Solskjaer has re-introduced a style of play made famous under Ferguson that is fast, attacking and entertaining. He’s done it by giving players the freedom to express themselves and utilise their own strengths. Paul Pogba, for example, sees himself as an attacking midfielder so Solskjaer uses him as one. Romelu Lukaku, despite his size, isn’t a hold-up centre-forward so, likewise, Solskjaer doesn’t try and force this role on him.
Great team leaders recognise the strengths and passions of their employees and encourage them to express themselves in ways that feel natural and to embrace those strengths and passions. It’s not uncommon for leaders to try and mould their team members into versions of themselves and it is a very dangerous tactic. The moment an individual begins to feel that they are not trusted to be themselves and that a synthetic interpretation is preferable, is the moment they can be permanently lost.
This cannot be overstated enough. Employees can find their one-to-one sessions stressful because they feel they’re constantly being second-guessed and having their shortcomings highlighted to an uncomfortable extent.
Particularly after Mourinho’s reign, one characterised by internal conflicts and teenager-grade stroppiness, reports from inside Old Trafford are that Solskjaer has totally lifted the mood of the place. Happy to mete out constructive criticism where applicable, he immediately follows such conversations by reinstating a positive vibe and relaxed, optimistic atmosphere.
The rejuvenated Paul Pogba on his new lease of life under Solskjaer said, quite simply, “When I’m happy, I play better.”
Likewise business leaders significantly influence the happiness of their leaders. When employees are working in a positive environment they learn more and are willing to experiment – which can help improve performance even further.
He sees humans, not data
The pressures on the modern football manager has meant a certain commodification of players has emerged. They are assets whose functionality needs to be maximised and financial viability protected. Though an unavoidable truth, they are also humans with dreams, worries, ambitions, and insecurities. Whereas Mourinho often appeared to show little interest in the emotional condition of his players, Solskjaer is said to be quite the contrasting figure, listening, empathising, and encouraging.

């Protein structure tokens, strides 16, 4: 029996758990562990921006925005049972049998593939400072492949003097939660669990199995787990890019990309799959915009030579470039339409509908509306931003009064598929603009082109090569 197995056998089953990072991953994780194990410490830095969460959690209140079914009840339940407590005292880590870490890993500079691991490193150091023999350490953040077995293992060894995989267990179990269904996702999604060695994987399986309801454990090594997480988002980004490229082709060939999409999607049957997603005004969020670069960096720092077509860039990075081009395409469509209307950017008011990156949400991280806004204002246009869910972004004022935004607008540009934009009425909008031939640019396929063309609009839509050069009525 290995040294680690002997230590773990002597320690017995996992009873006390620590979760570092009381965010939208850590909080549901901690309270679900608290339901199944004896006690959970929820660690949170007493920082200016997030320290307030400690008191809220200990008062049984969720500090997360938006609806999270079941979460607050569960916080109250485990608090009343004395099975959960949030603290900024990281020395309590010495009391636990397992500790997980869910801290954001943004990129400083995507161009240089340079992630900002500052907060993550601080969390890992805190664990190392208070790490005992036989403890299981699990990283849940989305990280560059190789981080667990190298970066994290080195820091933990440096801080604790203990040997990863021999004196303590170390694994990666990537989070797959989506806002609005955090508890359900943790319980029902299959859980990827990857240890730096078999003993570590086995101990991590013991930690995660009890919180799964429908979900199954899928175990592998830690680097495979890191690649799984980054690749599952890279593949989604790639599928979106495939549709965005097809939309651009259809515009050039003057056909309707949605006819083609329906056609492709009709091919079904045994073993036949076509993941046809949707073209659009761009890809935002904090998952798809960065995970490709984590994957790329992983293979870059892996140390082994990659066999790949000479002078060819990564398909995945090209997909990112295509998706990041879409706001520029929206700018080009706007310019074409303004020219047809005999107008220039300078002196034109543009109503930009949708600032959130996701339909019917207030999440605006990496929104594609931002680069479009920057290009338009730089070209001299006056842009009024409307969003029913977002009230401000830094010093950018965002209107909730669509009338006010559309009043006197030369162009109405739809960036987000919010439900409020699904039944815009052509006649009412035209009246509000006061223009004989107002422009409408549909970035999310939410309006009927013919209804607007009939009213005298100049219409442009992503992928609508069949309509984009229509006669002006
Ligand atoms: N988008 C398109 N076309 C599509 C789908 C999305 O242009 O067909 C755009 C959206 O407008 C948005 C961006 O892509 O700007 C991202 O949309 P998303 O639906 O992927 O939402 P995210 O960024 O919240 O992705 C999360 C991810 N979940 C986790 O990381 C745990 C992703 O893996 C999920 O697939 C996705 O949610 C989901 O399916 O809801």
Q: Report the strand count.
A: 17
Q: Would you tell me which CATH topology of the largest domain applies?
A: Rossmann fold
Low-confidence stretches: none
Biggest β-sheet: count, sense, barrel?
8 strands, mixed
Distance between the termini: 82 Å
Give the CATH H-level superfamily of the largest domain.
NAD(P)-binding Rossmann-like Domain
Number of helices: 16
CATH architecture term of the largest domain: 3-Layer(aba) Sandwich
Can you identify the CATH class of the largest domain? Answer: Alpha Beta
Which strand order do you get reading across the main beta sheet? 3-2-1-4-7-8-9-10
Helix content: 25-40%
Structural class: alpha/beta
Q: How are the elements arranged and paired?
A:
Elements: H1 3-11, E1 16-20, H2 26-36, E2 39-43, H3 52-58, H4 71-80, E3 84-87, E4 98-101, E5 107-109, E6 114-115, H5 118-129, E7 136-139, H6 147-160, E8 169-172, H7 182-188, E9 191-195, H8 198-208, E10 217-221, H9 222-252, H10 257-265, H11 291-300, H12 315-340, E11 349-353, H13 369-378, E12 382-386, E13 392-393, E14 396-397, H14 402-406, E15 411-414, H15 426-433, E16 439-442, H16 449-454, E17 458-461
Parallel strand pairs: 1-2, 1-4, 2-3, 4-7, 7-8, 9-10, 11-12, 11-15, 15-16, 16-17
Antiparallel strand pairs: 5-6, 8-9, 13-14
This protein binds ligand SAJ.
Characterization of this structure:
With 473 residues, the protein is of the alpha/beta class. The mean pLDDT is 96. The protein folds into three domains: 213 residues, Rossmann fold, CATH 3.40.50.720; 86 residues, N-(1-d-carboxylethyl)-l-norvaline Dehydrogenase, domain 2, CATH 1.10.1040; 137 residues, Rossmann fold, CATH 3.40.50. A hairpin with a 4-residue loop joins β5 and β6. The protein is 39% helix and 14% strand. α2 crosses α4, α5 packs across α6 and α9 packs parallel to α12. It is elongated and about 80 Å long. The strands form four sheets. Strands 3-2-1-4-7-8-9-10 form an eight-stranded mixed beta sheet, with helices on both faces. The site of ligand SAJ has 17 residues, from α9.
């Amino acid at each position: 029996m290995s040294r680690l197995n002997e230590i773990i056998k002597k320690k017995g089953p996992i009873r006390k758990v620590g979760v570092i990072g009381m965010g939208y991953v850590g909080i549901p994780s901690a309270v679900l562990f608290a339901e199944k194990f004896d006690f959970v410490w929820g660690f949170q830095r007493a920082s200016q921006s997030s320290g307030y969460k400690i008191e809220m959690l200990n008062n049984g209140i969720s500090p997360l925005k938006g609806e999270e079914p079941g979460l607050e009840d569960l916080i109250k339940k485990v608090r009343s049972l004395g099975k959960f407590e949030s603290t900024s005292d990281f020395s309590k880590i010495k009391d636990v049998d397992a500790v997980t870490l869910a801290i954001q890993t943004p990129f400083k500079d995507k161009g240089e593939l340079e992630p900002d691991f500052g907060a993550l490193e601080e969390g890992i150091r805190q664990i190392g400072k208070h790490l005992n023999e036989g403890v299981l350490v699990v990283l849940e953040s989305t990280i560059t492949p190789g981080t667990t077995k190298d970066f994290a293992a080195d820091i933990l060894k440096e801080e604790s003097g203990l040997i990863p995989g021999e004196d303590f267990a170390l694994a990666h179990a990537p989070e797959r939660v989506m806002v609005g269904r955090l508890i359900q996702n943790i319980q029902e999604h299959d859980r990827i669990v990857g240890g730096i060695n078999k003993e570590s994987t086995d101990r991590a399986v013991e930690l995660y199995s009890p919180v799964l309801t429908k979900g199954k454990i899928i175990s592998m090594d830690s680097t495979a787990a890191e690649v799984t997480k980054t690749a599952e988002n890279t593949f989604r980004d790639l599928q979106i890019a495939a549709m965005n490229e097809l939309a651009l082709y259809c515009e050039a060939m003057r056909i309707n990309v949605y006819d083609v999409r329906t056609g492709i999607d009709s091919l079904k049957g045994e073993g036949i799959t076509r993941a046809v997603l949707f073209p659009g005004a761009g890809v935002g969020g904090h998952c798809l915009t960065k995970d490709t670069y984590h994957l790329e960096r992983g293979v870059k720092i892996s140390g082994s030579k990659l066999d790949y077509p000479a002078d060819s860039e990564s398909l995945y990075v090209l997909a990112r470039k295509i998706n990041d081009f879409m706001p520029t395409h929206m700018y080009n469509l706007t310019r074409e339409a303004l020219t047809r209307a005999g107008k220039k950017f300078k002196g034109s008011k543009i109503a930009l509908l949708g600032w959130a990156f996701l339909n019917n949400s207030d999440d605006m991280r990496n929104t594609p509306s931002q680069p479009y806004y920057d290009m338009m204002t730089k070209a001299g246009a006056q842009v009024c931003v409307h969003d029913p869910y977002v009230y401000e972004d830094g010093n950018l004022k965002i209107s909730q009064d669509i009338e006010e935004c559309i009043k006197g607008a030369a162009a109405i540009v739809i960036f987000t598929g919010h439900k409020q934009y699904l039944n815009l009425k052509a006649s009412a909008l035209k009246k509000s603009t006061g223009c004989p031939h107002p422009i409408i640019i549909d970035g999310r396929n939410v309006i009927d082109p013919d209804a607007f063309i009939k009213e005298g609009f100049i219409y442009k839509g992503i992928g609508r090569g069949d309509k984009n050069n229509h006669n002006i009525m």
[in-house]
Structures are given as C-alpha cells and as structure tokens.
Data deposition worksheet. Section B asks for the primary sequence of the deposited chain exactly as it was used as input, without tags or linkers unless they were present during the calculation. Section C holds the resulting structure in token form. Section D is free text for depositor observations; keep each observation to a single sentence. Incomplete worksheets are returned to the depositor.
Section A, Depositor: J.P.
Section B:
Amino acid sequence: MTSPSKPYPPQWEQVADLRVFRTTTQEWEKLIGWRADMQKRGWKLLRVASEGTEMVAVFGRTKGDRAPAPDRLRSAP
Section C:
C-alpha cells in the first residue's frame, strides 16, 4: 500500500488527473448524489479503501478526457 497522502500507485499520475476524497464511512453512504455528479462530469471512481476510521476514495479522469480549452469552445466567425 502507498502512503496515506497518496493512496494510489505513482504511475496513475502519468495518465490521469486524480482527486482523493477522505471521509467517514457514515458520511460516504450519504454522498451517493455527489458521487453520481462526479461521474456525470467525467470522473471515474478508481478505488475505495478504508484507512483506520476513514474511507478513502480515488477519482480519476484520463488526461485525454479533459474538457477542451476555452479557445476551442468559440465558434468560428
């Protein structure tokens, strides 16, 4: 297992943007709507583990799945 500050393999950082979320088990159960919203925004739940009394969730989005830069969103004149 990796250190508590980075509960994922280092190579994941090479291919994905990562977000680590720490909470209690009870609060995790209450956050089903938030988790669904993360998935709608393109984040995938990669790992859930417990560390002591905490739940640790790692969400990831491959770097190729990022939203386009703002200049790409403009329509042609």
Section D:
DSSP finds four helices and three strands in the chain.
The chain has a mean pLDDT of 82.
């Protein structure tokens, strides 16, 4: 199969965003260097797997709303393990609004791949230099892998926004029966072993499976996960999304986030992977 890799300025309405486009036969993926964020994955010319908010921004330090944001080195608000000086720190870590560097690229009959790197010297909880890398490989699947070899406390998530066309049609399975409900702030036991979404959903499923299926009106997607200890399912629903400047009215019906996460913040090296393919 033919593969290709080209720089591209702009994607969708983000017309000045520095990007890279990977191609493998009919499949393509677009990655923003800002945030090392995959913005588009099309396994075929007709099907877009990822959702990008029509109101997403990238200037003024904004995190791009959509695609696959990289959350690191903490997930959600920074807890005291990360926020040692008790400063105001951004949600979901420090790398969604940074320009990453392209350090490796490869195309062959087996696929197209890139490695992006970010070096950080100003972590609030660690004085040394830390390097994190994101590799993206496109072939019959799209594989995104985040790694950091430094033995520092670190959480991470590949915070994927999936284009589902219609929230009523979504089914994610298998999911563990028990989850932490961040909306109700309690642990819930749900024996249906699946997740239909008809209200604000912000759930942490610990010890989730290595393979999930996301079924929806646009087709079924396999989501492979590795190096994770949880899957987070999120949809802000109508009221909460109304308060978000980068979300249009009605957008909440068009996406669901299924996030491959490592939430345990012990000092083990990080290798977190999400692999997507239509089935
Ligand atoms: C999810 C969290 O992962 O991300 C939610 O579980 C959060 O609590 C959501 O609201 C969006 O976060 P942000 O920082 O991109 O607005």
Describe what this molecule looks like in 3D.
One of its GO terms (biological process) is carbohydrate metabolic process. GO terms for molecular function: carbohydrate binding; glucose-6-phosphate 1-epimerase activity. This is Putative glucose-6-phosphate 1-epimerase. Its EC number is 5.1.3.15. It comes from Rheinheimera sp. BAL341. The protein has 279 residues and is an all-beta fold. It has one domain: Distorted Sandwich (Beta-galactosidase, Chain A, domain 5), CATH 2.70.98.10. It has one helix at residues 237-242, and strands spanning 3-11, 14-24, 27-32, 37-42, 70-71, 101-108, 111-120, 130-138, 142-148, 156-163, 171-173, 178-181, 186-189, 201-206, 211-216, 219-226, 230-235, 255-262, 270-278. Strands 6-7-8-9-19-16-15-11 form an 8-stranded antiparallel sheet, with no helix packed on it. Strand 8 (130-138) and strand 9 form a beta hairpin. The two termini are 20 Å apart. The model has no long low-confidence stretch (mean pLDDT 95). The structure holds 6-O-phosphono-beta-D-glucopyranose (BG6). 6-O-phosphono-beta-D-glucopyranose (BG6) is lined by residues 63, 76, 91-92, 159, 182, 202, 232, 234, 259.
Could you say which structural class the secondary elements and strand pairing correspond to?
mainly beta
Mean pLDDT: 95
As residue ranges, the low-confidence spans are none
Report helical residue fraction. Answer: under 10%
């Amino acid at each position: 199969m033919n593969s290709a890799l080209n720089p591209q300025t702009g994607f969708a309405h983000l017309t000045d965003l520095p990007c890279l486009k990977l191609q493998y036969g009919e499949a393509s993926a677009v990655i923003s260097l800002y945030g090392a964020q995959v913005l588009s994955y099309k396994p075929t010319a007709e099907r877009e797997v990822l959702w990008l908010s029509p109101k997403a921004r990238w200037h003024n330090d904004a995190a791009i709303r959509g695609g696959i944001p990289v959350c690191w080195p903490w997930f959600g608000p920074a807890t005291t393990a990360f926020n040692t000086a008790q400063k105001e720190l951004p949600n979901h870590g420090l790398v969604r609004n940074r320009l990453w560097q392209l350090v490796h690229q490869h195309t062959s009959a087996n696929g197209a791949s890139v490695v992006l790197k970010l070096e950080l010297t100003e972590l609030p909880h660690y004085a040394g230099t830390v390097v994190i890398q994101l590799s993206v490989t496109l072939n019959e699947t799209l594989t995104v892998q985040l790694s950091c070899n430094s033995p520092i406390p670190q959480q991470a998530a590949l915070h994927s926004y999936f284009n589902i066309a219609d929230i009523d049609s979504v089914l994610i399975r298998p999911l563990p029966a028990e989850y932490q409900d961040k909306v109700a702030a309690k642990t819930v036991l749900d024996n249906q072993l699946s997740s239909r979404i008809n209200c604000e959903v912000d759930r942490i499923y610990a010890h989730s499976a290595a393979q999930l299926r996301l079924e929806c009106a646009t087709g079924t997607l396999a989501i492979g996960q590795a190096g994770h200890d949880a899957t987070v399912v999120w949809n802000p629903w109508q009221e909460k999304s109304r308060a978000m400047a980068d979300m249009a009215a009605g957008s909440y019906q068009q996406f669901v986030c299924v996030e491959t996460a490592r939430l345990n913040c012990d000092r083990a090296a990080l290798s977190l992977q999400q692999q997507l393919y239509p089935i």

The job of a great leader is to ultimately enhance an individual’s capability and allow them to become the best version of themselves, however in the corporate world that can mean metrics and kpis. To achieve the really potent breakthroughs, it must always be kept in mind the person behind the data, Feedback and review sessions may sometimes require a shelving of the figures and for natural conversation to be allowed to flow. The content of such dialogue can be most revealing and provide new development avenues to pursue.
Has Ole Gunnar Solskjaer become a leadership Guru?
It’s probably a bit early to be making claims as bold as that. Plenty of football managers have made stunning starts for it to all fall apart within a few games. The history books may yet present Ole Gunnar Solskjaer as a cautionary tale on how not to nurture talent, his rip-roaring start notwithstanding.
Putting such cynicism to one side for a moment, though it’s much too early to be vaunting Solskjaer as a coaching guru, however building on Ferguson’s legacy Ole has brought a refreshed and modern leadership approach that is paying dividends on and off the pitch and which can be transferred to sectors other than professional football and with little difficulty.
One thing’s for certain, it’s going to be interesting what other lessons appear on the road ahead while Ole’s at the wheel.